Florence G'sell / Professor of Private Law, University of Lorraine

Last updated on profile page : May 31st, 2016


A graduate from Science Po and a lawyer by training, Florence G’sell holds a PhD from Paris 1 University (2005). In 2011 she became Agrégé de droit privé de sciences criminelles, a title which makes her a full professor of private and criminal law.

She started her career in 1995 at Societe Generale Securities, New York, before joining AXA Corporate Solutions (1998-2002). Between 2002 and 2005 she was a lecturer in Paris Descartes University, then Paris 1 University. In 2005 she became an assistant professor, then in 2011 a professor in University of West Britany (Université de Bretagne Occidentale). Since 2014 she is a professor of private law in University of Lorraine (Nancy).

On the side, she has taught private and criminal law for 10 years in Science Po (Paris) and between 2006 and 2012 she was an assistant professor in Paris 1 University. In 2015, she was a visiting scholar in the Coase Sandor Institute for Law and Economics (University of Chicago).

She has authored various articles and one book.


By Florence G'sell on Paris Innovation Review

The recent Directive on the protection of trade secrets sparked widespread criticism. Much has been said on this text, accused of having been written under the influence of multinational companies and of allowing prosecutions against journalists and whistleblowers. A careful reading of the text, however, can dispel most of the expressed concerns. The purpose of the Directive is not to organize the disguise of wrongdoing or unethical behavior. It is, however, aimed at protecting any information that would constitute a competitive advantage, without inducing intellectual property rights.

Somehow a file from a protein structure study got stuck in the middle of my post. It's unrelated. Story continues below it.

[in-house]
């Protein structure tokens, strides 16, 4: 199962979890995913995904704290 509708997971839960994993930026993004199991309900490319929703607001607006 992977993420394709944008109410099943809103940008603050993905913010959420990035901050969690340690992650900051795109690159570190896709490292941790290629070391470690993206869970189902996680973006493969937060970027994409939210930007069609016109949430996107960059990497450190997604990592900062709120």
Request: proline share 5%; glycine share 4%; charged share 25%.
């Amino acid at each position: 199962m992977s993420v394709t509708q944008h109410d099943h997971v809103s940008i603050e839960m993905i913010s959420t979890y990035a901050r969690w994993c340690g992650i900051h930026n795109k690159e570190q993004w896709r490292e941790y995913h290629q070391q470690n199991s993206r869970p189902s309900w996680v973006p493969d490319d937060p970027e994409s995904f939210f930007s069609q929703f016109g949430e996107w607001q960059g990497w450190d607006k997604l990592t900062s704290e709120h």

Votée au Parlement Européen le 14 avril dernier, la Directive protégeant les secrets d'affaires contre l'obtention, l'utilisation et la divulgation illicites a suscité de nombreuses critiques. Une lecture attentive du texte permet toutefois de dissiper en grande partie les craintes exprimées. L'objet de la Directive est fondamentalement de protéger les informations qui constituent un avantage concurrentiel sans pour autant faire l'objet de droits de propriété intellectuelle.


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